As Election Day wraps up, people are heading to the polls to cast their ballots and while millions are expected to turn out, the focus is on Black voters, and for good reason. 

Since 2000, non-white voters accounted for nearly three-quarters of total voter growth, according to data from Pew Research Center via Financial Times. 

In key swing states like North Carolina, the Black voter turnout could impact the results of the election. Nearly 1.5 million voters in the state are Black with the majority registered as Democrats, the News Observer reported

In 2008, North Carolina voted for former President Barack Obama but supported President Donald Trump in 2016. 

The Democracy and Power Innovation Fund said Black voters turning out in numbers in battleground states opted out of the 2016 election, according to a release shared with Blavity.

Prior to Election Day, more than 1.1 million Black voters in Georgia had already voted with 28.5% of those people not voting in the 2016 election and 7.3% first-time voters. 

In Atlanta where the Black population accounts for 51%, Black voters under the age of 29 already exceeded the 2016 turnout. In Florida, prior to Tuesday, Black voters made up 87% of total voters that were accounted for in 2016.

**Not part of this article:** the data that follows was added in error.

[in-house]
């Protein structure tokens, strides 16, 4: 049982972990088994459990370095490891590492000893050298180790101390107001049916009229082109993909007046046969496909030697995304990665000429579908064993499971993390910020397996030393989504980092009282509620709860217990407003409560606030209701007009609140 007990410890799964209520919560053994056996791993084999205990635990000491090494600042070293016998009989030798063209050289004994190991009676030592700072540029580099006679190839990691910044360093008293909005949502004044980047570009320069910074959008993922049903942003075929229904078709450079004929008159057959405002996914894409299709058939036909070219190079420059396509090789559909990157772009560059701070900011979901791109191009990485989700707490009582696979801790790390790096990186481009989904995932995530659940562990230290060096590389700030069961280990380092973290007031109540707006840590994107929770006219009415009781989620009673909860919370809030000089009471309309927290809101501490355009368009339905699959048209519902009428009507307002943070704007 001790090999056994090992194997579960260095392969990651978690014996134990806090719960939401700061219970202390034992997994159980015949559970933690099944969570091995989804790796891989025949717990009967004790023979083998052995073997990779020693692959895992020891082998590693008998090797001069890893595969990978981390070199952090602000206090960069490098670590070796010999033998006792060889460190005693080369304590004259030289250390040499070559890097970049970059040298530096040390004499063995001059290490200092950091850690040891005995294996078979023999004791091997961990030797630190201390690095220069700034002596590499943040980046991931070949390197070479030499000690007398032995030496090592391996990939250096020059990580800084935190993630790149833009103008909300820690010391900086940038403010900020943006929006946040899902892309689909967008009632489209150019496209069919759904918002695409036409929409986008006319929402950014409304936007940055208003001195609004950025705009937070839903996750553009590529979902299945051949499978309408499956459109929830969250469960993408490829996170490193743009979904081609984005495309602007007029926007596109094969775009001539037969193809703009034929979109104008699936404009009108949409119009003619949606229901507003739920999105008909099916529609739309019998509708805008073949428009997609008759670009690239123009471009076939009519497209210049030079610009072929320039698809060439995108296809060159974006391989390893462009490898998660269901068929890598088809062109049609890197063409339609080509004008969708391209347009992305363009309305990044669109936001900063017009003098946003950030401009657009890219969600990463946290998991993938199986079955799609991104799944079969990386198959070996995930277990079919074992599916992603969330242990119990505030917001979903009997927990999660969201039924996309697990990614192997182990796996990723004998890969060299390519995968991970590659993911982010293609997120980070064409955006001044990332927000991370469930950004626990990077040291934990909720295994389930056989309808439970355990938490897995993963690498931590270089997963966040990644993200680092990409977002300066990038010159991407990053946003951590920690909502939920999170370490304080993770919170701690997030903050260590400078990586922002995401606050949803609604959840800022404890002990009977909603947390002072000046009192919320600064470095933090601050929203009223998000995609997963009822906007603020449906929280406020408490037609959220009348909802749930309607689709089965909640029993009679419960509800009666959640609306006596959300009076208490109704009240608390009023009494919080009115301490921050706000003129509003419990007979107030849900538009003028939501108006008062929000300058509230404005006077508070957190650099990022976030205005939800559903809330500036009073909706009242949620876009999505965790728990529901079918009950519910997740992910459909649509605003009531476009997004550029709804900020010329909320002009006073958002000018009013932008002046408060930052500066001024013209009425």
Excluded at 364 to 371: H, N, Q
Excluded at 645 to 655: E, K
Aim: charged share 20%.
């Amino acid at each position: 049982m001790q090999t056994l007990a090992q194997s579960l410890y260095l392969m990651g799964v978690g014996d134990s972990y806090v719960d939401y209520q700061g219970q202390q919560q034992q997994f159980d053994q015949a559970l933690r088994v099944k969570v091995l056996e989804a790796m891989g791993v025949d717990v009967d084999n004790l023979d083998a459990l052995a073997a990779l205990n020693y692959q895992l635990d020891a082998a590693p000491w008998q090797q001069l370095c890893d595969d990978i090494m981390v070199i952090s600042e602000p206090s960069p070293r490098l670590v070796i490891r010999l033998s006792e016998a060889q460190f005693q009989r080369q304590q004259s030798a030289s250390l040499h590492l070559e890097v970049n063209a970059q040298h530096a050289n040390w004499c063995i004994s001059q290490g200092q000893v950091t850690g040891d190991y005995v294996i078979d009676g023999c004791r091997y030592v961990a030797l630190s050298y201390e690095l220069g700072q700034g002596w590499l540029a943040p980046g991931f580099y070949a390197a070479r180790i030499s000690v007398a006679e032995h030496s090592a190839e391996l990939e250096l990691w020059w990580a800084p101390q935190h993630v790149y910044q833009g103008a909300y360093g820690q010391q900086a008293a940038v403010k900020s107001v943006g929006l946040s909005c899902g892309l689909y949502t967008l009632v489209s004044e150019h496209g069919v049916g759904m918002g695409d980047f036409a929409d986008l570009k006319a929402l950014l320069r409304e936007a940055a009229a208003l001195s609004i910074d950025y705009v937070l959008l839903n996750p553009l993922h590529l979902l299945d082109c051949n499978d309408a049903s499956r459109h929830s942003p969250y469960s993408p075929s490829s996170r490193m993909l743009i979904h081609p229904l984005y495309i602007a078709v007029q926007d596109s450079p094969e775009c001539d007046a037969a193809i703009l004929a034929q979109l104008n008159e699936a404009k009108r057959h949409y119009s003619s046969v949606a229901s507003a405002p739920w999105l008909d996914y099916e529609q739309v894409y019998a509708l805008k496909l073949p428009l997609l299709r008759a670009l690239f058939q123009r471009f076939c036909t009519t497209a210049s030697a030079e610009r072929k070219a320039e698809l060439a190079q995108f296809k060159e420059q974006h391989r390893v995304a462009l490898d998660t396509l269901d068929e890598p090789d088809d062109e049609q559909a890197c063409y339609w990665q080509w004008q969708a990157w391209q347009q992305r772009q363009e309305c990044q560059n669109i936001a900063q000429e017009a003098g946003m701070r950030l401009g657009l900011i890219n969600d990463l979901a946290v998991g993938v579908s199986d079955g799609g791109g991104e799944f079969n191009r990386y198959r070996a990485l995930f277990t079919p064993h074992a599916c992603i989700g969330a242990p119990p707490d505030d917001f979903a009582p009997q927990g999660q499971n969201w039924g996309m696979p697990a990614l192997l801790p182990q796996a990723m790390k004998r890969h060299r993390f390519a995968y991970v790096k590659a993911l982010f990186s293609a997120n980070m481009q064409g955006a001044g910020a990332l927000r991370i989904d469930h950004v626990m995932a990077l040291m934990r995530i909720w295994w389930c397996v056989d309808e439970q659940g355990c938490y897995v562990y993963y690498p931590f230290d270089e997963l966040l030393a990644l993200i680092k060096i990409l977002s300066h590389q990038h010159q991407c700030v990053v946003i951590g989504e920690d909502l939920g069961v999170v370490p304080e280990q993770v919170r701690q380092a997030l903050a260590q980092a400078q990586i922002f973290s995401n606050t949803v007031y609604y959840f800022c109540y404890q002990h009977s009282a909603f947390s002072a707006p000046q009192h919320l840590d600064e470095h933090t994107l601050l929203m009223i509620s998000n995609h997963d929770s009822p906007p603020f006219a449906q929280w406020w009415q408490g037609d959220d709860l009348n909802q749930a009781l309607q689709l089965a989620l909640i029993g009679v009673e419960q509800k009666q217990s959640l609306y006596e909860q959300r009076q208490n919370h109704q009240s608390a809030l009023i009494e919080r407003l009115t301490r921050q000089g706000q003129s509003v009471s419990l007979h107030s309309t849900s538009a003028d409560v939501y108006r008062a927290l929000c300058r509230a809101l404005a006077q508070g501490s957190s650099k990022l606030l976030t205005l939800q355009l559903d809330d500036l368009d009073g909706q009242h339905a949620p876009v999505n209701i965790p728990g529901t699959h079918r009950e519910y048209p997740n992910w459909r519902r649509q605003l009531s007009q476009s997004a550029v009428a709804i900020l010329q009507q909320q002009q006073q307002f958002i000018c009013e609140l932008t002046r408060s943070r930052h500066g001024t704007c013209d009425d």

"We have worked too hard for the opportunity to vote, and overcome obstacles like COVID-19 to vote, to let anyone undermine the legitimacy of this election," Katrina Gamble, PhD, principal of Sojourn Strategies said.

The number of voters significantly increased in other states like Maryland and California, CNN reported

"Through our organization we reached out to over 188,000 predominately Black voters in Southeast Pennsylvania," Bishop Dwayne Royster of POWER Interfaith in Pennsylvania said. 

Overall, however, in 2016 Black voter turnout decreased for the first since 1996, according to the Pew Research Center. 

But Black voters this year are expected to come out in numbers as they have been largely impacted by the coronavirus pandemic and protesting the recent lives lost to police brutality. Black households were disproportionately affected by the economic and physical effects of the pandemic, leaving people unemployed and dying at an alarming rate compared to white Americans, as Blavity previously reported

Voters told CNN they are particularly worried about racial injustice and feeling devalued by President Trump who meticulously avoided condemning white supremacy during a presidential debate.

"The last four years have been so bad," voter Keith Green said. "We can't stand four more years of that."

Yet, the president has continuously cited the Black employment rate and funding for HBCUs as evidence for his efforts in working on behalf of the Black community. Republicans have also touted partnerships and endorsements from Black male celebrities including 50 Cent, Lil' Wayne and Ice Cube. 

According to the Democracy and Power Innovation Fund, voters are determined to make sure their voices are heard at the polls.